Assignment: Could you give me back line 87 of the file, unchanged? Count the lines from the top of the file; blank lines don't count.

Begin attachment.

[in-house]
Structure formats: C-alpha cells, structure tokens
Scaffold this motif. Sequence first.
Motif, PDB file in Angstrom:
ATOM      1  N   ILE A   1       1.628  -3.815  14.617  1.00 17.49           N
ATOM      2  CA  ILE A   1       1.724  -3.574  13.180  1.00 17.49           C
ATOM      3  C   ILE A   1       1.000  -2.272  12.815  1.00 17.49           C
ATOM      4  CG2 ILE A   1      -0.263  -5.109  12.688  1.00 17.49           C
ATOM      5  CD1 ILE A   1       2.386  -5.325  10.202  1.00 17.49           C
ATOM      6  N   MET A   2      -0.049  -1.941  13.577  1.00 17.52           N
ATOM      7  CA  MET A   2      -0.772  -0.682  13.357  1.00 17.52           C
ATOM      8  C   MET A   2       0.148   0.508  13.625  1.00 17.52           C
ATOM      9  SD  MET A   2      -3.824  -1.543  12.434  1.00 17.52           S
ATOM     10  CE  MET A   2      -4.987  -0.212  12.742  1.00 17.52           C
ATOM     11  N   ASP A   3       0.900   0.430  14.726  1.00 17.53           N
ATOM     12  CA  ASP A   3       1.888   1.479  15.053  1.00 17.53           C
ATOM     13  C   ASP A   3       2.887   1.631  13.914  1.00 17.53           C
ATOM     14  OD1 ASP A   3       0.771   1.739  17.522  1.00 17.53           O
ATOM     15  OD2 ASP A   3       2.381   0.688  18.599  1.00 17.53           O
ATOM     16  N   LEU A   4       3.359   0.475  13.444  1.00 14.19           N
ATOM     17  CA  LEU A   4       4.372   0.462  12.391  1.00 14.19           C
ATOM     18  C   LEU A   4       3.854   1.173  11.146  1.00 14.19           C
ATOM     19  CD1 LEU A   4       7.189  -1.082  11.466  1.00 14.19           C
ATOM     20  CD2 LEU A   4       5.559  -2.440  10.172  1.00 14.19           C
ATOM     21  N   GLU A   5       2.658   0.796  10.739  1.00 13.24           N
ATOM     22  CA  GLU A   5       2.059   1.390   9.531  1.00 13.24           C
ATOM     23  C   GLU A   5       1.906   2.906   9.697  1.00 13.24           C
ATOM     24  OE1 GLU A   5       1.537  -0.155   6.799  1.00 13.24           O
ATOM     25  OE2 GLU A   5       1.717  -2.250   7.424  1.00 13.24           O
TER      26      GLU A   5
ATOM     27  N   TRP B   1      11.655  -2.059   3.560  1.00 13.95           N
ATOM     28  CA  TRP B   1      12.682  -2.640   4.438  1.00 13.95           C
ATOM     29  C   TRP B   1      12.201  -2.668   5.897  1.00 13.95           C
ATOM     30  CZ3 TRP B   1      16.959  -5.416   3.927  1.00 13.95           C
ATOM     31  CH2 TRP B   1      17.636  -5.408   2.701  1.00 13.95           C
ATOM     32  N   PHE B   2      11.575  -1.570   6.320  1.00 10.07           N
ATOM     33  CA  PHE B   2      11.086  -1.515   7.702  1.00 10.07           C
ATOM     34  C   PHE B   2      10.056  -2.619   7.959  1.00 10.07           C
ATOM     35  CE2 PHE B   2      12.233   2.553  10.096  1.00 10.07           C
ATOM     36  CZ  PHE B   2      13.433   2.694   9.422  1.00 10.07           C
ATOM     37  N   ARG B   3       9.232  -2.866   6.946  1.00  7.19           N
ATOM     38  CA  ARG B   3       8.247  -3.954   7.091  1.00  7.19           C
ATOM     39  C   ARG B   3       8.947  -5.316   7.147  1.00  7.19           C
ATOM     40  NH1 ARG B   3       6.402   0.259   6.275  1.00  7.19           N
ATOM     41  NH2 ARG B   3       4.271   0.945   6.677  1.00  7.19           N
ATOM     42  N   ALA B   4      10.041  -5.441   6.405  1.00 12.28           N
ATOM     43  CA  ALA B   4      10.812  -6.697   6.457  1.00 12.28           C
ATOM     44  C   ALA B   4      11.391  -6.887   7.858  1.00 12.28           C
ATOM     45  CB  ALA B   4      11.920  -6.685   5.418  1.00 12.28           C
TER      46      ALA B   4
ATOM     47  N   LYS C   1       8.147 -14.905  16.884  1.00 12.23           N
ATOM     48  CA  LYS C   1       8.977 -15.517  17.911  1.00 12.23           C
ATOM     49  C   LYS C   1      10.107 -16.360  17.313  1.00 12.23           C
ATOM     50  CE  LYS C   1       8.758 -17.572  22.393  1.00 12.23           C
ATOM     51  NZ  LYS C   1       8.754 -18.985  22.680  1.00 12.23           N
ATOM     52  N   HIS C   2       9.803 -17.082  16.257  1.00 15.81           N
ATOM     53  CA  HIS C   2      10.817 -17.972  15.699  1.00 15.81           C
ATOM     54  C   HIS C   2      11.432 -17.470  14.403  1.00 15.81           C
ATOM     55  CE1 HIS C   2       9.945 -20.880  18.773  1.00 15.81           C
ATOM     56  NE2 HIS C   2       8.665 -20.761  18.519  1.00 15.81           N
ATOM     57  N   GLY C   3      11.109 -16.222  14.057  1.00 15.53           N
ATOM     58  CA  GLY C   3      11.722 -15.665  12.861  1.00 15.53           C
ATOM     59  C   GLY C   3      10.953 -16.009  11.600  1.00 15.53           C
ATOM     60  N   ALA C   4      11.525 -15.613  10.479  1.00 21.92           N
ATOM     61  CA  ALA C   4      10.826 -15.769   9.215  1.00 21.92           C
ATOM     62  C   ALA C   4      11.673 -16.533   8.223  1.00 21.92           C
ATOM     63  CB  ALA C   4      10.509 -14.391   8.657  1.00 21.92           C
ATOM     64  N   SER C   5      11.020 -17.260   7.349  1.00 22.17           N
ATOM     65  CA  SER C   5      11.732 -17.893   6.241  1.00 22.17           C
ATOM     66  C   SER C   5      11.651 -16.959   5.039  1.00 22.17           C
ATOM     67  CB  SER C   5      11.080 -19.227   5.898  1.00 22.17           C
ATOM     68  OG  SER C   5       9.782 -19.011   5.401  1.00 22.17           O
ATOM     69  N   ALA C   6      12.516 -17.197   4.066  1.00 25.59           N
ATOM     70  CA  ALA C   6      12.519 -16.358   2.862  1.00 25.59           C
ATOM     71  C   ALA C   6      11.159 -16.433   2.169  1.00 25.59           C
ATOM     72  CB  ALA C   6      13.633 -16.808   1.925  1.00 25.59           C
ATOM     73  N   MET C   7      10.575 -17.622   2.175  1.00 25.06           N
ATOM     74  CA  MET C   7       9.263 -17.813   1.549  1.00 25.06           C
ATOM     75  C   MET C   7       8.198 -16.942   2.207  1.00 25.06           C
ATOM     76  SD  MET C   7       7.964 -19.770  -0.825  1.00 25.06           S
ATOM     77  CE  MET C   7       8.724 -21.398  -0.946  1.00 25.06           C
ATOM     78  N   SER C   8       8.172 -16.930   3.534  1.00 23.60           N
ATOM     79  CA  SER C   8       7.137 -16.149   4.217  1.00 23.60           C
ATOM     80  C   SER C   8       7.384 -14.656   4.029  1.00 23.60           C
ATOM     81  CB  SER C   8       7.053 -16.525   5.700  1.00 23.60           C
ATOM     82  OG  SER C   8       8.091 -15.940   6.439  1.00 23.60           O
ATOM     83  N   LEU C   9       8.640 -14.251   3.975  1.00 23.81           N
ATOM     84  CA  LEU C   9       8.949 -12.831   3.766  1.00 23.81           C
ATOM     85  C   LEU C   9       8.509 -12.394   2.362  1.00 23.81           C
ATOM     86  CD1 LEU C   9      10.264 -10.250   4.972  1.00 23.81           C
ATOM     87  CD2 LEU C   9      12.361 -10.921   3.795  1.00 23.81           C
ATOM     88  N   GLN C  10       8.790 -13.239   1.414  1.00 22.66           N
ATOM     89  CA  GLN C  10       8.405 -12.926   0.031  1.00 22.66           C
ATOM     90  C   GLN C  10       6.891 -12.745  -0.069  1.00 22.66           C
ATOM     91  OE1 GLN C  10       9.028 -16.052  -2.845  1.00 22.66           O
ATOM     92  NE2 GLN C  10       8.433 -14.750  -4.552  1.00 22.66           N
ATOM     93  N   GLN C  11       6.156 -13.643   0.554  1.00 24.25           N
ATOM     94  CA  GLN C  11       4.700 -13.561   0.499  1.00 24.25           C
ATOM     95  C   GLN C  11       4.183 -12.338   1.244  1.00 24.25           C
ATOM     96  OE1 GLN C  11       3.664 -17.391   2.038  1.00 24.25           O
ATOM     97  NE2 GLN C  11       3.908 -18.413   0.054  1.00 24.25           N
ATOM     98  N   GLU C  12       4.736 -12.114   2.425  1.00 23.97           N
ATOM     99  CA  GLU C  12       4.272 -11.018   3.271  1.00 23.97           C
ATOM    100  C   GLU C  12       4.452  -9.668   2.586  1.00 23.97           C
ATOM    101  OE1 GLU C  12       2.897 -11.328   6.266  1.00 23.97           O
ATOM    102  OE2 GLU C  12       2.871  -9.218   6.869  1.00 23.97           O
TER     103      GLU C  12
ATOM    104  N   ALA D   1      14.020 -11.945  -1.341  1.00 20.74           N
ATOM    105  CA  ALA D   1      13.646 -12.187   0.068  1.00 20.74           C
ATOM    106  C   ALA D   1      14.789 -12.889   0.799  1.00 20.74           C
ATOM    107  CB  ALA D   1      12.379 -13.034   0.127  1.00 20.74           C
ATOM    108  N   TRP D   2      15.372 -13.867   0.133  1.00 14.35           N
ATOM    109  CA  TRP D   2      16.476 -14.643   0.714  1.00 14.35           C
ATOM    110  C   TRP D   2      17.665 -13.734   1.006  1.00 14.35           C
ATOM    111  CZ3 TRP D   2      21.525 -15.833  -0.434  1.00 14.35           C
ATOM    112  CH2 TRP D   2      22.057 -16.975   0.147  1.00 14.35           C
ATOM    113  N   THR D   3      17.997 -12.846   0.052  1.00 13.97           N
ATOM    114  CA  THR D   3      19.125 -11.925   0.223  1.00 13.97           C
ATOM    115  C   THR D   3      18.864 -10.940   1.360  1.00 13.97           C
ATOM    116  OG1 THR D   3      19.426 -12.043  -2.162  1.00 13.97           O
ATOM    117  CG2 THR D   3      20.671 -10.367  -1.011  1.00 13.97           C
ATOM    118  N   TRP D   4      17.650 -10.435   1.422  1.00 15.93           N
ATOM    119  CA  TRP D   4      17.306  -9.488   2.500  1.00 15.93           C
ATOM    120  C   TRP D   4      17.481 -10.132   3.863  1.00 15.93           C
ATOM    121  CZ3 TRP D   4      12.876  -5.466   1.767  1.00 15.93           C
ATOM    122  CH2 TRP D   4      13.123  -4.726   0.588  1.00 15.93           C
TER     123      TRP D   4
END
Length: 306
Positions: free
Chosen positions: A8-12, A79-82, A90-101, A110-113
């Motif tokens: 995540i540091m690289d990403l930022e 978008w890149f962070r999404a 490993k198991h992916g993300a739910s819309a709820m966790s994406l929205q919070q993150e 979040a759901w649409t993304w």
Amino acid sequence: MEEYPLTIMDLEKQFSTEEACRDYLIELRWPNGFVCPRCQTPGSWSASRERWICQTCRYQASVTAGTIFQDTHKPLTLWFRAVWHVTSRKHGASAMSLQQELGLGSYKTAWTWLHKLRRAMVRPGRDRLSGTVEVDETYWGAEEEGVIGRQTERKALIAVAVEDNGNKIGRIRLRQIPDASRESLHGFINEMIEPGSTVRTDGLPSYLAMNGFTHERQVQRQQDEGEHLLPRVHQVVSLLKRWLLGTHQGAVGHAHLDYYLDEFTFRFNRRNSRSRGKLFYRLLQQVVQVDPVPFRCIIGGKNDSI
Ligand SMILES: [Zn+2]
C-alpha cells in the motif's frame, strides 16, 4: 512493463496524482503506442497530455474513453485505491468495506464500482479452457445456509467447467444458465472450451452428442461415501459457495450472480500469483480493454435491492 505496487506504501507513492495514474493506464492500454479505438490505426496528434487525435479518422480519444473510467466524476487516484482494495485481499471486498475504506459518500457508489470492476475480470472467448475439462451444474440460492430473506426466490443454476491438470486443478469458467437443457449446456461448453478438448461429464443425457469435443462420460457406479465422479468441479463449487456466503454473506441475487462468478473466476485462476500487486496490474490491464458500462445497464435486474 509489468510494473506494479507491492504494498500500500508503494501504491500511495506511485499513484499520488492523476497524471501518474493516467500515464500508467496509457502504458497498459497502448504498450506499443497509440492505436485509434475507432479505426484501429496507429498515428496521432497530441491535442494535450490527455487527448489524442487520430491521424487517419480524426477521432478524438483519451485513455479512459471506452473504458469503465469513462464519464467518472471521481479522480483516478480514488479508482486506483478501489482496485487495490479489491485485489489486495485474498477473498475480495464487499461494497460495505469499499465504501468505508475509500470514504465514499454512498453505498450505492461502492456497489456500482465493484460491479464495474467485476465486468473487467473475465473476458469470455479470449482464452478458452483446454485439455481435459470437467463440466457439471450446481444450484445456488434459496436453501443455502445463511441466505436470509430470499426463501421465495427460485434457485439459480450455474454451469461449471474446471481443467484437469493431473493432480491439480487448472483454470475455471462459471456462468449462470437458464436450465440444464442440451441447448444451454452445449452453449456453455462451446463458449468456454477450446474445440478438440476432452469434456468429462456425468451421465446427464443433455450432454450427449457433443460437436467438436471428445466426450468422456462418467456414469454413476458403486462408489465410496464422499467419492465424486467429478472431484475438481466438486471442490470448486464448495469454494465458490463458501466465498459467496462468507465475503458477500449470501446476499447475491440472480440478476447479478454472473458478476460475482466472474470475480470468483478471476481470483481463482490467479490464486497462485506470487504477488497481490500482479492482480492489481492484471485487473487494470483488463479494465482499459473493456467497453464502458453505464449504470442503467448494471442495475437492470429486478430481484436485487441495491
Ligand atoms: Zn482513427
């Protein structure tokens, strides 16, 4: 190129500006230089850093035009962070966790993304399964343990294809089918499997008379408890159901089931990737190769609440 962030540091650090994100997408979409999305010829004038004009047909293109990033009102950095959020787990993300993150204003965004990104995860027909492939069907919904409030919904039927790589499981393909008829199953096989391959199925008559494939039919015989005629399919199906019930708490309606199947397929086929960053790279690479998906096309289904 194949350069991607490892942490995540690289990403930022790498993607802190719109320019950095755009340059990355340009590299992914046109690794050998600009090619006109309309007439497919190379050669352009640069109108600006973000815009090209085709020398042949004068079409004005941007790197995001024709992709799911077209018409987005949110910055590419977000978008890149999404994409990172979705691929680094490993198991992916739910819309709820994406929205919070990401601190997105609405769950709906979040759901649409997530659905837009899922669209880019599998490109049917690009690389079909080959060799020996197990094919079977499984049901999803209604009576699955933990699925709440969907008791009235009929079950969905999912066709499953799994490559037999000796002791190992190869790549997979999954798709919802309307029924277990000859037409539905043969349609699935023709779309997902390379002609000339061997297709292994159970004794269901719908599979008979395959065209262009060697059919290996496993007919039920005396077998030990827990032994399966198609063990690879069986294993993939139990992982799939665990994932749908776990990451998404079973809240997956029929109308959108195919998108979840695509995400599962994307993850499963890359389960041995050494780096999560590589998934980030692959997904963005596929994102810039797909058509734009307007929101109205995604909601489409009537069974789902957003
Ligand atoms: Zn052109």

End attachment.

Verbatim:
ATOM     83  N   LEU C   9       8.640 -14.251   3.975  1.00 23.81           N